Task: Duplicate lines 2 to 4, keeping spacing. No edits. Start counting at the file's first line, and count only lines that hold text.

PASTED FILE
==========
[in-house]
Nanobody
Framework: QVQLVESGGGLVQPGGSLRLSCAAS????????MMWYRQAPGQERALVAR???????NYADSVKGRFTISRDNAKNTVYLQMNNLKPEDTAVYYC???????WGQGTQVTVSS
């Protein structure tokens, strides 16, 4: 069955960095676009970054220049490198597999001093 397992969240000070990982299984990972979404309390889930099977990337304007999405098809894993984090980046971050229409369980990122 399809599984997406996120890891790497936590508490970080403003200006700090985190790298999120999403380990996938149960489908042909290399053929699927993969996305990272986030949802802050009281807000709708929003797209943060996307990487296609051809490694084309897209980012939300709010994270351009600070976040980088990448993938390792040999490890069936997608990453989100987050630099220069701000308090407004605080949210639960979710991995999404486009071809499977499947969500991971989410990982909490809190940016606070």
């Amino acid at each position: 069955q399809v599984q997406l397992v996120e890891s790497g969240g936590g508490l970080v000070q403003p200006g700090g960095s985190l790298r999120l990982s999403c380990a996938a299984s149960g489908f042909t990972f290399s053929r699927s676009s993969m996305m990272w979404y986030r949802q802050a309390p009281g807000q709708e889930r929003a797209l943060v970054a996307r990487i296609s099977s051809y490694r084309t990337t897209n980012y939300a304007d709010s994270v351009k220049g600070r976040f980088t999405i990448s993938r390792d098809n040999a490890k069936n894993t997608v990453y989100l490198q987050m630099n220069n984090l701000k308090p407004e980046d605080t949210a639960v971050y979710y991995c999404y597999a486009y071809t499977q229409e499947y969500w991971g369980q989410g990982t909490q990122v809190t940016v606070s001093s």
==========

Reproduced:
Nanobody
Framework: QVQLVESGGGLVQPGGSLRLSCAAS????????MMWYRQAPGQERALVAR???????NYADSVKGRFTISRDNAKNTVYLQMNNLKPEDTAVYYC???????WGQGTQVTVSS
């Protein structure tokens, strides 16, 4: 069955960095676009970054220049490198597999001093 397992969240000070990982299984990972979404309390889930099977990337304007999405098809894993984090980046971050229409369980990122 399809599984997406996120890891790497936590508490970080403003200006700090985190790298999120999403380990996938149960489908042909290399053929699927993969996305990272986030949802802050009281807000709708929003797209943060996307990487296609051809490694084309897209980012939300709010994270351009600070976040980088990448993938390792040999490890069936997608990453989100987050630099220069701000308090407004605080949210639960979710991995999404486009071809499977499947969500991971989410990982909490809190940016606070």